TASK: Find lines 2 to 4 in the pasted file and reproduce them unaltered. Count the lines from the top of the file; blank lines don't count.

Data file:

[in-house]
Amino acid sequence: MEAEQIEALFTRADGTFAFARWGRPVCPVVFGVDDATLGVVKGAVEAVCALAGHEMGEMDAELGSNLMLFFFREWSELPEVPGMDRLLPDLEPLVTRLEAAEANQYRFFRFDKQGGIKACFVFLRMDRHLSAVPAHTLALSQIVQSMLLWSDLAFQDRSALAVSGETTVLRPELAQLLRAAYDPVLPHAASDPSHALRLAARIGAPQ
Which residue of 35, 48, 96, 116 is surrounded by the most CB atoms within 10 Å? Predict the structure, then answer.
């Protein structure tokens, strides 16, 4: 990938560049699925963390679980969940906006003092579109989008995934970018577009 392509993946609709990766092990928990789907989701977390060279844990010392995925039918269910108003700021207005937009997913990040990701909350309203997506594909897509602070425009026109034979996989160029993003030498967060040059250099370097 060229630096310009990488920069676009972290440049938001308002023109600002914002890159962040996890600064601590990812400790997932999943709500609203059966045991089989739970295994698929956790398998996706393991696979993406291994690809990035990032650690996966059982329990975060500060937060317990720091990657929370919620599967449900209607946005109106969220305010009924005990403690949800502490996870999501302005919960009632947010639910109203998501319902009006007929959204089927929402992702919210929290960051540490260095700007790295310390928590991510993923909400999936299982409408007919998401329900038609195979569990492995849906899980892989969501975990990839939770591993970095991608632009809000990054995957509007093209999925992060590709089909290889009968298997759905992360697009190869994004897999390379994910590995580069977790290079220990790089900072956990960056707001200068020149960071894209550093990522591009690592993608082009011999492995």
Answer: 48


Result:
Amino acid sequence: MEAEQIEALFTRADGTFAFARWGRPVCPVVFGVDDATLGVVKGAVEAVCALAGHEMGEMDAELGSNLMLFFFREWSELPEVPGMDRLLPDLEPLVTRLEAAEANQYRFFRFDKQGGIKACFVFLRMDRHLSAVPAHTLALSQIVQSMLLWSDLAFQDRSALAVSGETTVLRPELAQLLRAAYDPVLPHAASDPSHALRLAARIGAPQ
Which residue of 35, 48, 96, 116 is surrounded by the most CB atoms within 10 Å? Predict the structure, then answer.
């Protein structure tokens, strides 16, 4: 990938560049699925963390679980969940906006003092579109989008995934970018577009 392509993946609709990766092990928990789907989701977390060279844990010392995925039918269910108003700021207005937009997913990040990701909350309203997506594909897509602070425009026109034979996989160029993003030498967060040059250099370097 060229630096310009990488920069676009972290440049938001308002023109600002914002890159962040996890600064601590990812400790997932999943709500609203059966045991089989739970295994698929956790398998996706393991696979993406291994690809990035990032650690996966059982329990975060500060937060317990720091990657929370919620599967449900209607946005109106969220305010009924005990403690949800502490996870999501302005919960009632947010639910109203998501319902009006007929959204089927929402992702919210929290960051540490260095700007790295310390928590991510993923909400999936299982409408007919998401329900038609195979569990492995849906899980892989969501975990990839939770591993970095991608632009809000990054995957509007093209999925992060590709089909290889009968298997759905992360697009190869994004897999390379994910590995580069977790290079220990790089900072956990960056707001200068020149960071894209550093990522591009690592993608082009011999492995």